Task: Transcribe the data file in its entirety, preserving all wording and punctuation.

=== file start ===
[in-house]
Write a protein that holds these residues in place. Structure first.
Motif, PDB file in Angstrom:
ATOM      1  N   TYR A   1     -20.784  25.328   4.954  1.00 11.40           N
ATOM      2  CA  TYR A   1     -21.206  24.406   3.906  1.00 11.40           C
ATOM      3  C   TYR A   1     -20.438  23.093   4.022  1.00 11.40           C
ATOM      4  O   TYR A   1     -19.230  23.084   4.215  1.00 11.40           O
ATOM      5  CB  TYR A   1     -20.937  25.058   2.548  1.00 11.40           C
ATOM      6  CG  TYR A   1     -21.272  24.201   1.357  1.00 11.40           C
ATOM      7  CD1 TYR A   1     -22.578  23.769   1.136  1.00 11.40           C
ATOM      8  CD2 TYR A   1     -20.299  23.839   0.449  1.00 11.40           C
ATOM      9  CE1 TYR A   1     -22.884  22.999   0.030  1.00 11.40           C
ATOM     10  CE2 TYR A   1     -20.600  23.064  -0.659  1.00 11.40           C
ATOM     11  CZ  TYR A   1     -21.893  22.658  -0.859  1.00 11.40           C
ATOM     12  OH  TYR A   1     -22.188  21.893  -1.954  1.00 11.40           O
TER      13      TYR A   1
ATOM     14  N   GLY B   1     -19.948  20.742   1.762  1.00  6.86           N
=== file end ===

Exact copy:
[in-house]
Write a protein that holds these residues in place. Structure first.
Motif, PDB file in Angstrom:
ATOM      1  N   TYR A   1     -20.784  25.328   4.954  1.00 11.40           N
ATOM      2  CA  TYR A   1     -21.206  24.406   3.906  1.00 11.40           C
ATOM      3  C   TYR A   1     -20.438  23.093   4.022  1.00 11.40           C
ATOM      4  O   TYR A   1     -19.230  23.084   4.215  1.00 11.40           O
ATOM      5  CB  TYR A   1     -20.937  25.058   2.548  1.00 11.40           C
ATOM      6  CG  TYR A   1     -21.272  24.201   1.357  1.00 11.40           C
ATOM      7  CD1 TYR A   1     -22.578  23.769   1.136  1.00 11.40           C
ATOM      8  CD2 TYR A   1     -20.299  23.839   0.449  1.00 11.40           C
ATOM      9  CE1 TYR A   1     -22.884  22.999   0.030  1.00 11.40           C
ATOM     10  CE2 TYR A   1     -20.600  23.064  -0.659  1.00 11.40           C
ATOM     11  CZ  TYR A   1     -21.893  22.658  -0.859  1.00 11.40           C
ATOM     12  OH  TYR A   1     -22.188  21.893  -1.954  1.00 11.40           O
TER      13      TYR A   1
ATOM     14  N   GLY B   1     -19.948  20.742   1.762  1.00  6.86           N